The U.S. Small Business Administration’s Office of Inspector General isn’t mincing words–OIG thinks that SBA has strayed from Congressional intent with its expansive definition of who qualifies as a HUBZone employee for purposes of satisfying the HUBZone Program’s eligibility requirements. In a recent report, SBA OIG points out that SBA’s broad definition could result in a company becoming HUBZone-eligible even if none of the company’s employees currently live in HUBZones.
By way of background, the HUBZone Program generally requires that at least 35% of a HUBZone-certified company’s employees be residents of a HUBZone. (HUBZone companies owned by entities such as Indian tribes may elect an alternative standard, but that’s not relevant here). In 2020, as part of an effort to overcome the government’s longstanding inability to meet its 3% HUBZone prime contracting goal, the SBA expanded the definition of who qualifies as a HUBZone employee.
The current definition, set forth in 13 C.F.R. 126.200(d), says, in relevant part:
An employee who resides in a HUBZone at the time of certification (or time of recertification where the individual is being treated as a HUBZone resident for the first time) shall continue to count as a HUBZone resident employee if the individual continues to live in the HUBZone for at least 180 days immediately after certification (or recertification) and remains an employee of the concern, even if the employee subsequently moves to a location that is not in a HUBZone or the area in which the employee’s residence is located no longer qualifies as a HUBZone.
When it adopted the revised definition, SBA explained that as employees experience increased financial success, they tend to move out of HUBZones. SBA did not want to essentially penalize success by revoking HUBZone certification when a company’s previous HUBZone residents moved out of HUBZones.
That makes sense, but as the SBA OIG says, it absolutely is true that the revised definition means that a company can be HUBZone-certified even if none of its employees live in a HUBZone, or have lived in one for years.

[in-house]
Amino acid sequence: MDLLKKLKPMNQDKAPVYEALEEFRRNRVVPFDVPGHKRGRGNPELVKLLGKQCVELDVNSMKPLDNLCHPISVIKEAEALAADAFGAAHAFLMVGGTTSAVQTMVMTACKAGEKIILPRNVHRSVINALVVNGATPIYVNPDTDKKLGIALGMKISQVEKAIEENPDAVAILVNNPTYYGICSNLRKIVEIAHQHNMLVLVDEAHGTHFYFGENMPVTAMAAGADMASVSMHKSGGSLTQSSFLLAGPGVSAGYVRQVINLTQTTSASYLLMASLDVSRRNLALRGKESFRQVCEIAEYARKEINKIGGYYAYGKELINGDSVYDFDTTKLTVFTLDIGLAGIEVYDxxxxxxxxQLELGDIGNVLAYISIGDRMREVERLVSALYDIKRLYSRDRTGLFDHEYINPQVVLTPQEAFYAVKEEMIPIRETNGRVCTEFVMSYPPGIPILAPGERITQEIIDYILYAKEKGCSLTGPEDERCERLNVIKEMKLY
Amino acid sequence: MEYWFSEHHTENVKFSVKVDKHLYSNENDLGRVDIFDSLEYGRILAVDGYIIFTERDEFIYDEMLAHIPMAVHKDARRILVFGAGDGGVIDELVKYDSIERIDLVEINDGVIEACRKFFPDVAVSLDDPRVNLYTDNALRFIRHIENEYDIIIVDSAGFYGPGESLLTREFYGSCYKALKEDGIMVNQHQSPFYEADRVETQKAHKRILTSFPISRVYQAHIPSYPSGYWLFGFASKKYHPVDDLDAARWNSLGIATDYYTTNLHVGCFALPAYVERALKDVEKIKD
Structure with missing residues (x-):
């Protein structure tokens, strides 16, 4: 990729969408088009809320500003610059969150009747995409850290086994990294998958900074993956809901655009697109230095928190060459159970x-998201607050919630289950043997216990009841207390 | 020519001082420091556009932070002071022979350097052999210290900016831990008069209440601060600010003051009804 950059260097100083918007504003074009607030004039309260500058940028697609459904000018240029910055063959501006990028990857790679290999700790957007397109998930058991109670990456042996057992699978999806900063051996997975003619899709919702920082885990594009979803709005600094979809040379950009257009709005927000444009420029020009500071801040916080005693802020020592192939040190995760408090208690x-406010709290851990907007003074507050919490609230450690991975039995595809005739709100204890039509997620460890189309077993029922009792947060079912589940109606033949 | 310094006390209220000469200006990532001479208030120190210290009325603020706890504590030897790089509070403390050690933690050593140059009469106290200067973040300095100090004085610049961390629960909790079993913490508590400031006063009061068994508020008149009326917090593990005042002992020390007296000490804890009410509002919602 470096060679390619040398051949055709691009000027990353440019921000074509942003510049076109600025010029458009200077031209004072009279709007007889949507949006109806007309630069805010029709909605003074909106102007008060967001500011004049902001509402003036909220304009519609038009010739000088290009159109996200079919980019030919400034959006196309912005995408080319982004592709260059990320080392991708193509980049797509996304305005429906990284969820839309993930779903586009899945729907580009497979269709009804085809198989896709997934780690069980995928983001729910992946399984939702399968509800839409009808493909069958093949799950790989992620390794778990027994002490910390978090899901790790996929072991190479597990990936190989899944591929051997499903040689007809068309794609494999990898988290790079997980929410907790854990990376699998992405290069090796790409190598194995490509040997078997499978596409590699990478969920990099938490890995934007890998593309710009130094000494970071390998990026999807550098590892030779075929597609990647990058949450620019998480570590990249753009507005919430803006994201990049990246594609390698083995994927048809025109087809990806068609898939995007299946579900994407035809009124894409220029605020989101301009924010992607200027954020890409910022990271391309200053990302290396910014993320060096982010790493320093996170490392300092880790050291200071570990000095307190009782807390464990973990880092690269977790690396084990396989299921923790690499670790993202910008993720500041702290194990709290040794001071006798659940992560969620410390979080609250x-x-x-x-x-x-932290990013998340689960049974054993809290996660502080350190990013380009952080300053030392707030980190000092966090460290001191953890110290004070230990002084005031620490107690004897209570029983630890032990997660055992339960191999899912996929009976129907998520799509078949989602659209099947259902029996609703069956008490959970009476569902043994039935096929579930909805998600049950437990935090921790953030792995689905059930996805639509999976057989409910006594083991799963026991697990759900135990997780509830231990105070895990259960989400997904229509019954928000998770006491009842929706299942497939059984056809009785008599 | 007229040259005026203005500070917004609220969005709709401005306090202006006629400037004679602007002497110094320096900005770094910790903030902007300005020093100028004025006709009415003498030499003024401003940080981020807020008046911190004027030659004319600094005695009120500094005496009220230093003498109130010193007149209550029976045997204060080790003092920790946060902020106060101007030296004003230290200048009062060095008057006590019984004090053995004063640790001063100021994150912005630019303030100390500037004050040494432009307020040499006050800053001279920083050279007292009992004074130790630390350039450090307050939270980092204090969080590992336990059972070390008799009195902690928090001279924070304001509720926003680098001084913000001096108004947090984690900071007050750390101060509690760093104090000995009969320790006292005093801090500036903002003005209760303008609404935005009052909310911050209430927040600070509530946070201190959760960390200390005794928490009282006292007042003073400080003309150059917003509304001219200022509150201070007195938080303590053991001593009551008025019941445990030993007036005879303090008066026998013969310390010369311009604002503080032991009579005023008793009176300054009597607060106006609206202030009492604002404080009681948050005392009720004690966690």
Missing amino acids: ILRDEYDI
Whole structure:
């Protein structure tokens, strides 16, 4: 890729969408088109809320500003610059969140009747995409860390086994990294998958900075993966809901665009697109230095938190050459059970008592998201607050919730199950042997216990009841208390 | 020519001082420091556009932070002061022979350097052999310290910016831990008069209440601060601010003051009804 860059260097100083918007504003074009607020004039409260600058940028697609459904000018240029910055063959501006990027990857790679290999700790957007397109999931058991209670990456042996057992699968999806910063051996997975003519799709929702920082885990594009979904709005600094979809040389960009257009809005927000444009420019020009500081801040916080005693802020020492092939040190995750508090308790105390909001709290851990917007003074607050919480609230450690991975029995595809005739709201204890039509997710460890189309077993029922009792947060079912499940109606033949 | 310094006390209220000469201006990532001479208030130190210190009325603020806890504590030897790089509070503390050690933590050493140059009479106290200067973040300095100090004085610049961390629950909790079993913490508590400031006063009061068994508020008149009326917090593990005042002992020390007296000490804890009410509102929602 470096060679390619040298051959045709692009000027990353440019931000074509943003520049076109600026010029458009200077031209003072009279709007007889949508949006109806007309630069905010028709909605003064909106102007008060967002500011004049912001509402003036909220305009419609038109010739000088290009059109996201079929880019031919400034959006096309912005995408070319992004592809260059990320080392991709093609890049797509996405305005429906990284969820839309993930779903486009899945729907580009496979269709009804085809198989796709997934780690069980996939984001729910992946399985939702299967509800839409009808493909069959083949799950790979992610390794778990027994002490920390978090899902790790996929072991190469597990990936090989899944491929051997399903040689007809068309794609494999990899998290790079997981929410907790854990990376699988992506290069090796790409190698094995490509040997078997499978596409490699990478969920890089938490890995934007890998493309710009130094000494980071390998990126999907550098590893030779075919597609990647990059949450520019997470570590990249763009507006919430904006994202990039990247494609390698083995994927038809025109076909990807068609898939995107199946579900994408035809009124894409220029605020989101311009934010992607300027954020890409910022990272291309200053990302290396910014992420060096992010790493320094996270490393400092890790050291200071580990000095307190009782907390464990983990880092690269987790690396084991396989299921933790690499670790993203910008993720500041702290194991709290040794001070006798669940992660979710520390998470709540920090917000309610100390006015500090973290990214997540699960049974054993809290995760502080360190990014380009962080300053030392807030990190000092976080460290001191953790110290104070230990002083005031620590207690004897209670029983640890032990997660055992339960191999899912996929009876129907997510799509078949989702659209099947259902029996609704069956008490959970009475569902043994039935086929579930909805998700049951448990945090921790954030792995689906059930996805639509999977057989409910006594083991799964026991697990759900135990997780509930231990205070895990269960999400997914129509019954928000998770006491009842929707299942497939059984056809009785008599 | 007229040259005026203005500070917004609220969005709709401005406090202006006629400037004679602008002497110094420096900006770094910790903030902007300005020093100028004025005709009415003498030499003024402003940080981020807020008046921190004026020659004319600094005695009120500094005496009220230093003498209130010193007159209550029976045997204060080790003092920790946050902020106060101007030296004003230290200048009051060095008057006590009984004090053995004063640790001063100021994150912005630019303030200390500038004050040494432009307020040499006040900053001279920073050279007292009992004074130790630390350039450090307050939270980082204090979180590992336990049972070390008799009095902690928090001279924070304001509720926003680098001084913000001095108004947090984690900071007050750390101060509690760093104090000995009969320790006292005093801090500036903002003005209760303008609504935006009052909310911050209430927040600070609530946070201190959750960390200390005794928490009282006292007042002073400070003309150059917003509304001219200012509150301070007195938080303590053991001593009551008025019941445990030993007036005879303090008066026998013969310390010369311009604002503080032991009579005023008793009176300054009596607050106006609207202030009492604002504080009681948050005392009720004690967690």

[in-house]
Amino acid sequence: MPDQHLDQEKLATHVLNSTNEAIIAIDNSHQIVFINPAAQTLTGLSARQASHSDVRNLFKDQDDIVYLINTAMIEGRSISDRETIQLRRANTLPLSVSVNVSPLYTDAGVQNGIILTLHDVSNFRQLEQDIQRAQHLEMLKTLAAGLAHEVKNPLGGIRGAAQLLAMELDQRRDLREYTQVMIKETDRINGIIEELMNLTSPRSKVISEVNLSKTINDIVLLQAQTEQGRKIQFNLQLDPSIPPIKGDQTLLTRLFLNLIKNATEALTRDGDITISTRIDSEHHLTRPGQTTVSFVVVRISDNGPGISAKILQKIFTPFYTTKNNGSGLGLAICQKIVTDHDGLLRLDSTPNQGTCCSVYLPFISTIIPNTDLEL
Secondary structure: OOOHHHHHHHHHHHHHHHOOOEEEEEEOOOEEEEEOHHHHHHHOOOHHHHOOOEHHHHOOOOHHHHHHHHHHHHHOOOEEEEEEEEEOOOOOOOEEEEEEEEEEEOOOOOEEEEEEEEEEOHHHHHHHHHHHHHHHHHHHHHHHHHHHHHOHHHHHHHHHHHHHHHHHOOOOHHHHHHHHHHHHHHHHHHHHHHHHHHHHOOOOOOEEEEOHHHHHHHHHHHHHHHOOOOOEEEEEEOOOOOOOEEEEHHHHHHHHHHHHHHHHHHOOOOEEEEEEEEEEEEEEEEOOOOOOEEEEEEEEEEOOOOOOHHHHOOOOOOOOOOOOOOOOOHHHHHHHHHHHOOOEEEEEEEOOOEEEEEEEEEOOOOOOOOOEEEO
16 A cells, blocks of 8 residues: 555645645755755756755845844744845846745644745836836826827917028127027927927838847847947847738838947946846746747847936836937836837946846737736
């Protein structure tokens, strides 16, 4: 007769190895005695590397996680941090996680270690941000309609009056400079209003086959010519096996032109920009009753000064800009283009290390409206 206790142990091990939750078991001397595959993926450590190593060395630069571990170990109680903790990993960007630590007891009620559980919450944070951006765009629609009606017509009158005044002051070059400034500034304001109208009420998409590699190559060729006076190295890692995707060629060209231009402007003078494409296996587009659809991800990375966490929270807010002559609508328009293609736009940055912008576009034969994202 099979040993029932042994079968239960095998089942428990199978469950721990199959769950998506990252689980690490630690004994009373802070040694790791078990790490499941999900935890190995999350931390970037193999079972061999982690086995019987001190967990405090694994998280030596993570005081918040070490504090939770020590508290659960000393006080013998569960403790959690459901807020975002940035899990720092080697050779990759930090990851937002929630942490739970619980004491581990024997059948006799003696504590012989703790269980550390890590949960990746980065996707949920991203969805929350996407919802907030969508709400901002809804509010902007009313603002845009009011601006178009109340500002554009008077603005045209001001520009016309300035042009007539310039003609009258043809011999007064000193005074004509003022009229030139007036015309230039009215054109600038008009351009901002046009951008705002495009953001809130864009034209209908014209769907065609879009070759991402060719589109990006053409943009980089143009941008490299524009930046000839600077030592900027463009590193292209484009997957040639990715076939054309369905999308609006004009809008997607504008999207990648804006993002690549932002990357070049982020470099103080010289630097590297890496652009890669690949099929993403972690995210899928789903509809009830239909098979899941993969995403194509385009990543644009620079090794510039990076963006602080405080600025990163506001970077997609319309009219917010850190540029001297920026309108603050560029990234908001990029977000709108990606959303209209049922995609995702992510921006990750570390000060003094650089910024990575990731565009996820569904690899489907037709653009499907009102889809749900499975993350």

For example, consider a company with five employees, two of whom live in HUBZones. This arrangement meets the HUBZone Program criteria (40% of employees live in HUBZones, exceeding the 35% mark). Based on this, the company becomes HUBZone-certified. Seven months later, both HUBZone residents move to non-HUBZones. Under the expanded definition, the company remains HUBZone-eligible indefinitely, even though none of its employees now live in HUBZones.
In its new report, SBA OIG says:
In 2020, SBA changed a HUBZone requirement, allowing certified businesses to have employees who are not current HUBZone residents. Under the new requirements, the business continues to meet the requirement as long as it has employees who lived in a HUBZone for at least 180 days after the business was first certified. HUBZone businesses could have no employees residing in the HUBZone at all and still qualify because employees initially hired as HUBZone residents moved out of the HUBZone after the 180-day period. The requirements of the rule are clearly inconsistent with legislative intent.
Later in the report, SBA OIG adds:
The new HUBZone employee residency requirement may reduce the program’s ability to meet legislative intent. Allowing certified businesses to count employees who are not current HUBZone residents does not ensure continual employment of individuals who live in distressed areas. We question if the full economic benefits of the HUBZone program will be realized in these areas.
SBA OIG’s position doesn’t seem to have swayed SBA, which remains committed to the expanded definition. HUBZone-certified firms relying on the expanded definition, however, should tread carefully.
Not only could SBA OIG’s continued objections catch Congress’s eye, but the issue could someday end up in federal court. For instance, an unsuccessful offeror on a HUBZone set-aside contract might file a lawsuit alleging that the winning bidder’s reliance on the expanded definition is contrary to law. In such a case, the fact that SBA OIG agrees with the protester may be persuasive.
This article was originally published by Steven Koprince on LinkedIn and is reprinted with permission. Steve is the founder of Koprince McCall Pottroff LLC but has retired from the practice of law to focus on other endeavors. His views do not necessarily represent those of the firm or its attorneys. To read more of Steve’s current government contracting writing, follow him on LinkedIn and subscribe to his LinkedIn newsletter.
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